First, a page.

The average medical student spends just five hours in medical school focused on health-care needs of lesbian, gay, bisexual and transgendered individuals, according to a new Stanford University study that will be published today in the Journal of the American Medical Association. The study is based on a survey of medical school deans. It found that about a third of medical schools devote no time to the issue. However, in what the researchers considered a positive sign, almost all medical students these days are taught, when taking sexual histories of patients, to ask whether they "have sex with men, women or both."
Higher Education Quick Takes
A state auditor has found that Northwest Missouri State University has violated state law by extending some contracts for food services, facilities management and other functions without competitive bids, in exchange for gifts for stadium renovations, The Kansas City Star reported. University officials said that they were trying to move forward to correct any problems.
The board of Southern University on Tuesday deadlocked and failed to adopt a resolution allowing the Baton Rouge campus to declare financial exigency, the Associated Press reported. Some university leaders have said that such a declaration is needed to impose cuts, but faculty leaders have argued that sufficient spending shifts could be made without declaring exigency. A declaration of exigency could lead to cuts of tenured faculty positions.
Students at the University of North Carolina at Chapel Hill are trying to promote discussion of a statue of a Confederate soldier on the campus, The Raleigh News & Observer reported. Many students say that the statue -- dedicated in 1913 and known as "Silent Sam" -- is a symbol of white supremacy. Some students want it taken down, while others argue for moving it, changing its plaque, adding another statue or simply promoting more discussion of what the symbolism is. Last week, students taped a temporary notice to the statue that reads: "This memorial to Confederate soldiers who left the university perpetuates an incomplete and inaccurate history - one that intentionally neglects the vast number of North Carolinians who opposed secession and the Confederacy. The original supporters of this monument, both town and university leaders, were motivated by racism and were colluders in a statewide campaign to establish white dominance."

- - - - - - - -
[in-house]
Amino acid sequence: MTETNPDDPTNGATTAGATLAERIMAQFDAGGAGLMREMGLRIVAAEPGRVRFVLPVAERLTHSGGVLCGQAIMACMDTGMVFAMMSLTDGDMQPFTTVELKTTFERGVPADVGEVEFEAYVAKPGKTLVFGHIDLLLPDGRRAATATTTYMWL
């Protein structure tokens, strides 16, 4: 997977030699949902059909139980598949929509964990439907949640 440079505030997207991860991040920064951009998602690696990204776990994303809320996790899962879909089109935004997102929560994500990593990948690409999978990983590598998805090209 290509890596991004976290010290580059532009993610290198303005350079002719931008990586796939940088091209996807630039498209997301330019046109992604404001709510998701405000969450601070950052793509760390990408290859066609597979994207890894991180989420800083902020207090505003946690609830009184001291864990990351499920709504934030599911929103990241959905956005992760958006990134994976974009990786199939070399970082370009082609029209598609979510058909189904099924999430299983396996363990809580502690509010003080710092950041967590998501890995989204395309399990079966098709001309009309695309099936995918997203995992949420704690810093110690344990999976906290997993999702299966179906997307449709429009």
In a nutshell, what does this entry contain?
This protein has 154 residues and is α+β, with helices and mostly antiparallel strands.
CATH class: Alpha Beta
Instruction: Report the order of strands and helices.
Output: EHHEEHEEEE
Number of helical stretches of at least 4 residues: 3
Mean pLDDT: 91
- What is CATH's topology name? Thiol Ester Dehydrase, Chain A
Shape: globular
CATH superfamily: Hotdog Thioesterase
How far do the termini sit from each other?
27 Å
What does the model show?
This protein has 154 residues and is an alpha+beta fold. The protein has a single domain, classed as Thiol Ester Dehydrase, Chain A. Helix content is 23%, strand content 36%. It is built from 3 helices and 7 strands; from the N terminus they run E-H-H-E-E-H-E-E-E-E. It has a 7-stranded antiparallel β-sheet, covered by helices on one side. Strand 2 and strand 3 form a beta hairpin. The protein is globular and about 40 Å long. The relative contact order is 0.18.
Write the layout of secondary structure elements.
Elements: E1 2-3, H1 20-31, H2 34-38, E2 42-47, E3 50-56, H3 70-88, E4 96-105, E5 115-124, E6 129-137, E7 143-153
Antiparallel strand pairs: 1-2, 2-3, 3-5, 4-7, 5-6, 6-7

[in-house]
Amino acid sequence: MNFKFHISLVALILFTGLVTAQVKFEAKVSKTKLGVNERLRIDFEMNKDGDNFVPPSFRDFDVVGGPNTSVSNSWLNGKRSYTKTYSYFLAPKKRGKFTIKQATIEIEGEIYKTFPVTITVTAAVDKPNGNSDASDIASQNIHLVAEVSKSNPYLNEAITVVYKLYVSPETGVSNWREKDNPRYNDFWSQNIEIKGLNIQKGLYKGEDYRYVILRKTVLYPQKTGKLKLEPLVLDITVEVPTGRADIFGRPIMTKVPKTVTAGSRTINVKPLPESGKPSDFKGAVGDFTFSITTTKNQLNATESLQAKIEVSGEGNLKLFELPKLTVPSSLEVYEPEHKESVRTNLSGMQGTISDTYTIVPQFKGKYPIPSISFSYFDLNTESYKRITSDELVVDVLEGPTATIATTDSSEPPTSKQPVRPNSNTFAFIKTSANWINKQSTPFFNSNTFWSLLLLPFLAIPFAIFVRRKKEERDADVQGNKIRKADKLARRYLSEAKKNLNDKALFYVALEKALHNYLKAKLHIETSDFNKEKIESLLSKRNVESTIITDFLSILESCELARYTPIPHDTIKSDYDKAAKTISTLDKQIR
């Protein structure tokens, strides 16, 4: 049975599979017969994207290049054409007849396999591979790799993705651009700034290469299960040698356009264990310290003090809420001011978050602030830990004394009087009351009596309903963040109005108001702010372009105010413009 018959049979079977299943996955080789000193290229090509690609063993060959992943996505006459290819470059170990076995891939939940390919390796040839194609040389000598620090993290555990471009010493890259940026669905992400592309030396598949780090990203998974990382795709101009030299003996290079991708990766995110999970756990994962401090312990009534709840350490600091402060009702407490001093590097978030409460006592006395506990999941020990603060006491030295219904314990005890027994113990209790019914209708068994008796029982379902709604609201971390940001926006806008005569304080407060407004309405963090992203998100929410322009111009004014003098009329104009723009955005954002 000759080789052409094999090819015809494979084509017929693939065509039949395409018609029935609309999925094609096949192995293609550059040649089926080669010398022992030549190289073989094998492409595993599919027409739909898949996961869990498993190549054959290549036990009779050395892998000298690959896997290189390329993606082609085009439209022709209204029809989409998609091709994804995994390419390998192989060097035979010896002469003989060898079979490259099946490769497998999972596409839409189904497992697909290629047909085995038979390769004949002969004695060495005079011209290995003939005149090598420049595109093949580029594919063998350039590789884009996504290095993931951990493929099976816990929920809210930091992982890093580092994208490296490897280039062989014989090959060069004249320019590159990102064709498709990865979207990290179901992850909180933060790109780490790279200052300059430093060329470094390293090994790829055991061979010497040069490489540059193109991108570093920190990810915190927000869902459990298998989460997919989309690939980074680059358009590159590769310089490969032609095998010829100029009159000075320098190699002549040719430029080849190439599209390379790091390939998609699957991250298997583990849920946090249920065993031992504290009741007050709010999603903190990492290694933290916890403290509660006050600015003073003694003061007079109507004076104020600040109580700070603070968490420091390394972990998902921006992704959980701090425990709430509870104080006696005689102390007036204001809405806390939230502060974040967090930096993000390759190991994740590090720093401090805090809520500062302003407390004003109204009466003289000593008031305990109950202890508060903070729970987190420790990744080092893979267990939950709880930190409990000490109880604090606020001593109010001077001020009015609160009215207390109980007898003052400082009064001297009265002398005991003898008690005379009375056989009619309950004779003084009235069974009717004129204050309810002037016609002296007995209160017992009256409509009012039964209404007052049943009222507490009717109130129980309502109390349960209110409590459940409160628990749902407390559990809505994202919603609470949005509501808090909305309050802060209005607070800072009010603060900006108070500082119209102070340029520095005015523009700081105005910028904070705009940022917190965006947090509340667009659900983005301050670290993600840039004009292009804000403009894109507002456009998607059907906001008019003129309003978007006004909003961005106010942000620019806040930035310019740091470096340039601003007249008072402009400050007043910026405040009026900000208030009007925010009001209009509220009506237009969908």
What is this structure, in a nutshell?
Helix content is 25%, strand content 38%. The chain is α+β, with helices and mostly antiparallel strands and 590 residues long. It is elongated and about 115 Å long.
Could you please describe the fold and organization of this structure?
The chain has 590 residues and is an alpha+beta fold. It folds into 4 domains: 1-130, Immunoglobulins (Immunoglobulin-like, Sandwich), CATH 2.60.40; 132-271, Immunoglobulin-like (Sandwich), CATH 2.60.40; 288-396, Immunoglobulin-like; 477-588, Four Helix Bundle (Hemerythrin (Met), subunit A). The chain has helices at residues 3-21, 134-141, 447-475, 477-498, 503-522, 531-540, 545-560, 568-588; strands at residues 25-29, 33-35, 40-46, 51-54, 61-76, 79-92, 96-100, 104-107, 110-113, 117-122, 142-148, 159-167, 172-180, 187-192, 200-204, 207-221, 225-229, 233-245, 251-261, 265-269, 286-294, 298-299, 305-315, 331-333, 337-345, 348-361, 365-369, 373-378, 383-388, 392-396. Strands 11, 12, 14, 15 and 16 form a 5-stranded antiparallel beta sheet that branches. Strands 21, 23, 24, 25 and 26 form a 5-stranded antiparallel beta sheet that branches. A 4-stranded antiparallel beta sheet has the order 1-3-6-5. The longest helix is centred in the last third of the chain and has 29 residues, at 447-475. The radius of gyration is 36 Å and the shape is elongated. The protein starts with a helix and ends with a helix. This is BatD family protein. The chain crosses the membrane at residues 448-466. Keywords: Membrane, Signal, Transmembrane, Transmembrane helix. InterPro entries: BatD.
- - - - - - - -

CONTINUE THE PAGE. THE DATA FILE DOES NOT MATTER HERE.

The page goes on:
BPP University College, Britain's only for-profit, degree-awarding institution, will have a price advantage over nonprofit competitors. Times Higher Education reported that BPP will charge £5,000 (about $8,000) a year for tuition, compared to the £9,000 (about $14,300) rates being set by most other universities, which are losing much of their government support. The British shifts in higher education policy also allow students to borrow up to £6,000 to attend for-profit institutions, so BPP students will have access to loans that are large enough to cover tuition.
National Louis University is offering a tuition discount on a course through the popular website Groupon, The Chicago Tribune reported. The three-credit graduate course in education normally would have a tuition rate of $2,232. Groupon will offer it for $950. A spokeswoman for Groupon said this was the first time a college had used Groupon to attract students with a discount.
Dalhousie University, in Canada, has decided to end use of Turnitin, saying that it was unhappy that student papers were being stored by the plagiarism detection service on servers in the United States, The Toronto Star reported. Student groups have long complained about the use of plagiarism detection software, but many faculty members are upset by the decision, saying that they lack a new system as the fall semester is starting.
In today’s Academic Minute, Elizabeth Furdell of the University of North Florida discusses how she
uses the historical record to diagnose ailments in individuals from the distant past. Find out more about the Academic Minute here.
With economic issues playing a more important role than ever in medicine, more physicians are seeking M.B.A.s or taking courses in business, The New York Times reported. There are now 65 joint M.D./M.B.A. programs, up from 5 or 6 in the late 1990s.
Massachusetts officials plan to announce today that -- for the first time in decades -- some state funds for higher education will be distributed based on plans for certain goals, not on enrollment, The Boston Globe reported. Funds will be available to colleges for plans to raise graduation rates, to improve science education or to close racial gaps in student achievement. While only a small amount of money -- $2.5 million -- is involved, officials said that the shift represented an important philosophical move for the state.